Spec. Issue 2006 - Article SummaryBack to table of contents Spec. Issue 2006
Ensuring quality of in vitro alternative test methods
Amy S. Rispin1 and Katherine Stitzel2
1U.S. Environmental Protection Agency, Office of Pesticide Programs (7506C), Washington, D.C., U.S.A.
2Consultant, West Chester, Ohio, U.S.A.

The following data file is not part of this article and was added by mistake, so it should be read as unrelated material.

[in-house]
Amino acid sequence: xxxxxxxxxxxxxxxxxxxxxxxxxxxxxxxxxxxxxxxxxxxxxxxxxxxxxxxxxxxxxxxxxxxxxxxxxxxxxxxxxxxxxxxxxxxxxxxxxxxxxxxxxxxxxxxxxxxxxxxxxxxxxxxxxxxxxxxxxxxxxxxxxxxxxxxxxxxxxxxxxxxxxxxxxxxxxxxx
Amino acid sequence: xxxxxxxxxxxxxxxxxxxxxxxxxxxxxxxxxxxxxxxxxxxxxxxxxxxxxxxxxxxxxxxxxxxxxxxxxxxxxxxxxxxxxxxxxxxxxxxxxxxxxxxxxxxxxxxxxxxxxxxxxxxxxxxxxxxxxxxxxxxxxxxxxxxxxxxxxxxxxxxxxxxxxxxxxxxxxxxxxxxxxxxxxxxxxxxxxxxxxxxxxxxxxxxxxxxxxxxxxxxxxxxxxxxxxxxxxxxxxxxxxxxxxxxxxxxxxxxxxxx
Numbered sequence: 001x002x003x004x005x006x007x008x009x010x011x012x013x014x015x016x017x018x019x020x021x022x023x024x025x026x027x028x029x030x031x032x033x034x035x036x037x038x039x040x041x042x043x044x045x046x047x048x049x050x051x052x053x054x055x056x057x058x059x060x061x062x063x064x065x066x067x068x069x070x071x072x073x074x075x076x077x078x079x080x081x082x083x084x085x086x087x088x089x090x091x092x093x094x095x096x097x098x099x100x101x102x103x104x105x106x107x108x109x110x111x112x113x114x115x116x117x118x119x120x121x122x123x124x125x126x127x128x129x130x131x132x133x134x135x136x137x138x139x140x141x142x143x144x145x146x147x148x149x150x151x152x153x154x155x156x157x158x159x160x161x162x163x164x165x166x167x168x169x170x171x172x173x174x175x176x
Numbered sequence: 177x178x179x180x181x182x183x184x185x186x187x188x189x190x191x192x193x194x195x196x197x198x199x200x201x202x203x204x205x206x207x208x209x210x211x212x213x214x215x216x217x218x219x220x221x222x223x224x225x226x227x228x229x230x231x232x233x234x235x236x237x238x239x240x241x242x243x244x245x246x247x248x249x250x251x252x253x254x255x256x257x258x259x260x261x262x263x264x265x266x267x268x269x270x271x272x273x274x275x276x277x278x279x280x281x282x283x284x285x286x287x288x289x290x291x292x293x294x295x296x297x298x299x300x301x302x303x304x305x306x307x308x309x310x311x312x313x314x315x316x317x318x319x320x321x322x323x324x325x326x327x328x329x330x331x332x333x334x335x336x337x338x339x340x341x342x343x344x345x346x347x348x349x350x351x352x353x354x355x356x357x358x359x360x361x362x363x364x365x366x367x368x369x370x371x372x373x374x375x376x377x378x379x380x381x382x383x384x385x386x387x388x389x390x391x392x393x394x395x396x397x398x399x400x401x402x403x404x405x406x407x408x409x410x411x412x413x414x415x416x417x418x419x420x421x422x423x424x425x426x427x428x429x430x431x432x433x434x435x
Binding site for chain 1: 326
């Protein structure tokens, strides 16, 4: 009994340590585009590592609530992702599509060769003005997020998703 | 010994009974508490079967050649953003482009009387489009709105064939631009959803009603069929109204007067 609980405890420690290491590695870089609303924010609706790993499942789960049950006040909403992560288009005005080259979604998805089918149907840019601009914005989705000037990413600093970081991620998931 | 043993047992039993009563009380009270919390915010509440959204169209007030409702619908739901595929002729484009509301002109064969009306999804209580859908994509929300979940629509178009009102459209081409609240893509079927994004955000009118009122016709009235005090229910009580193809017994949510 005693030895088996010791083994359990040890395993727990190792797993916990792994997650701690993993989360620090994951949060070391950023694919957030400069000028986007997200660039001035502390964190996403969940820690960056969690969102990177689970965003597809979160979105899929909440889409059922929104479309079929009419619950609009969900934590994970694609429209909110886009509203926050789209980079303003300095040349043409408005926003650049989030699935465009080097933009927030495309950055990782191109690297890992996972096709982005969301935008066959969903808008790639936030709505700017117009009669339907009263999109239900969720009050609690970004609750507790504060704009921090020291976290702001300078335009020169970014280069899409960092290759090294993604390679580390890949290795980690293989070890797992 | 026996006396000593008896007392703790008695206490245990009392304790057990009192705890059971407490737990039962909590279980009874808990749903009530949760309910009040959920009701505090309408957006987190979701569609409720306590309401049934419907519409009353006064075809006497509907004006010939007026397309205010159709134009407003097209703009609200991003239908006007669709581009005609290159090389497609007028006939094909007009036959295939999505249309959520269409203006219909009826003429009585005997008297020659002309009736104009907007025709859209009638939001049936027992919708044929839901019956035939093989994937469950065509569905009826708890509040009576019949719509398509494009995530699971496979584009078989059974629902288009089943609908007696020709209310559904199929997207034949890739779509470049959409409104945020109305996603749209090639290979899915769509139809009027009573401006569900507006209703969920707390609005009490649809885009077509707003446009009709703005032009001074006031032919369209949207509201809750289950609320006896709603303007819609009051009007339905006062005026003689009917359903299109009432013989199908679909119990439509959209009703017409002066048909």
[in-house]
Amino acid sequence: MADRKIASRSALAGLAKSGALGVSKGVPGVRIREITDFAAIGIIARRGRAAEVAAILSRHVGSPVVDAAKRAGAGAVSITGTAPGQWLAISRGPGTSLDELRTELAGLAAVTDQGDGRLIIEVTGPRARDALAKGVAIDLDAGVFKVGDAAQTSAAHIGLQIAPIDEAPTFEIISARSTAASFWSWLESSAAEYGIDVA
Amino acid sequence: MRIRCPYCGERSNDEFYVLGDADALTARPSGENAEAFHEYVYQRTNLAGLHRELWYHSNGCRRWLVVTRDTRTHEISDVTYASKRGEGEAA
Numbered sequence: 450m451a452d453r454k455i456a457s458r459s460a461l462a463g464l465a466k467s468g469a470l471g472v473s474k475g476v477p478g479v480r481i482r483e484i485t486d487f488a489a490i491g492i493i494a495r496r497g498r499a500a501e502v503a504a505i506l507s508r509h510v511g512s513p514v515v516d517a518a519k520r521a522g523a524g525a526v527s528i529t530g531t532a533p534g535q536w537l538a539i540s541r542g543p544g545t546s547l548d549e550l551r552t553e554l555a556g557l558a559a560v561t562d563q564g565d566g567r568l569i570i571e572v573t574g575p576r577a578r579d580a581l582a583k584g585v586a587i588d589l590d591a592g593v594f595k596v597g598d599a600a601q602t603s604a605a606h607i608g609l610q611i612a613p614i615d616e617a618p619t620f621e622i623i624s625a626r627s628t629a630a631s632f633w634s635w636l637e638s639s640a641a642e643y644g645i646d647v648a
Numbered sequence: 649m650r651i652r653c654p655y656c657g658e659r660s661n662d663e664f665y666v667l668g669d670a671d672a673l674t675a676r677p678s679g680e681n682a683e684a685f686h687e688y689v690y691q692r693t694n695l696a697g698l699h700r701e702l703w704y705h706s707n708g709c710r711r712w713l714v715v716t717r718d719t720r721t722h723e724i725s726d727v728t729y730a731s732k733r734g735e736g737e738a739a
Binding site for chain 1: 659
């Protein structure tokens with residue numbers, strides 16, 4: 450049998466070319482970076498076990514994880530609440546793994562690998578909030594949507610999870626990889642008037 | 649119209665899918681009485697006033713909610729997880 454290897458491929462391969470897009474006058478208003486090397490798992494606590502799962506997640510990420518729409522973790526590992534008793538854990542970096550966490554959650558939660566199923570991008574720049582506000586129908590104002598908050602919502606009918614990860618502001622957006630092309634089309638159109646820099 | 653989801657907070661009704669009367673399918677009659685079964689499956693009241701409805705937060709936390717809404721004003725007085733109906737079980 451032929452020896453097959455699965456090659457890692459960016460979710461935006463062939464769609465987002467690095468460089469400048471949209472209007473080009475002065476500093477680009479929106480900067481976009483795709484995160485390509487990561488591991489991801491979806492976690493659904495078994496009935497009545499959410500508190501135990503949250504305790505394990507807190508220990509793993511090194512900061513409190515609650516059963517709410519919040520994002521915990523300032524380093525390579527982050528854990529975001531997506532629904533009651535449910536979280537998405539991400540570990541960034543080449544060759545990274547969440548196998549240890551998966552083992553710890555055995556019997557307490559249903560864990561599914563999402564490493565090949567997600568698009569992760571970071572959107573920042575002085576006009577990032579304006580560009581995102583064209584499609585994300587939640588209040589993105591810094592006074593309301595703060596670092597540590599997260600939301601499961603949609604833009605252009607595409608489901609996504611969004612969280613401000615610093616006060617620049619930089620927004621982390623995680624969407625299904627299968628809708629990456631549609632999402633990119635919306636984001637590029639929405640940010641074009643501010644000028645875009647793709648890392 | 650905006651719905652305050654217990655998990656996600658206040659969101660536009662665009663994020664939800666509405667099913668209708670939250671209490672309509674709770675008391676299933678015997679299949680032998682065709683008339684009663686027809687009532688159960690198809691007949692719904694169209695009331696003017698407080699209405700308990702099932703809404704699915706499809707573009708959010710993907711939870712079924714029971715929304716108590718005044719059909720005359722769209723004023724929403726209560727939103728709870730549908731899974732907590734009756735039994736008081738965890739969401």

|In vitro and ex vivo methods have been developed or are under development to reduce or replace animal usage in toxicity tests. Consensus is developing in the scientific community on the quality control measures needed for in vitro methods; including appropriate controls, data reporting elements, and benchmarks to be identified in test guidelines so that the potential risks of chemicals can be reviewed and assessed reliably. Consistent with the goal of obtaining scientifically sound test data for hazard and risk assessment of chemicals, changes have been made in current policies and procedures to facilitate the acceptance of data developed using these methods. National and international organisations have developed policies and standards for scientific practice to assure quality in the implementation of in vitro methods. ICCVAM and ECVAM have developed the Performance Standards process to allow proprietary test systems using in vitro/ex vivo methods to be accepted for regulatory use, where Performance Standards include use of reference chemicals, essential test method components and statistical performance results. Additional guidance has been provided for OECD’s Good Laboratory Practice principles which will help to ensure that in vitro tests used for regulatory purposes are reproducible, credible and acceptable. Generic test guidelines incorporating Performance Standards are being written to allow acceptance of proprietary test methods by regulatory agencies and to provide assurance that any in vitro system performs over time in a manner that is consistent with the test system as it was originally validated. Future developments should address standardised data reporting elements for special techniques, such as cell and tissue culture or microarrays.|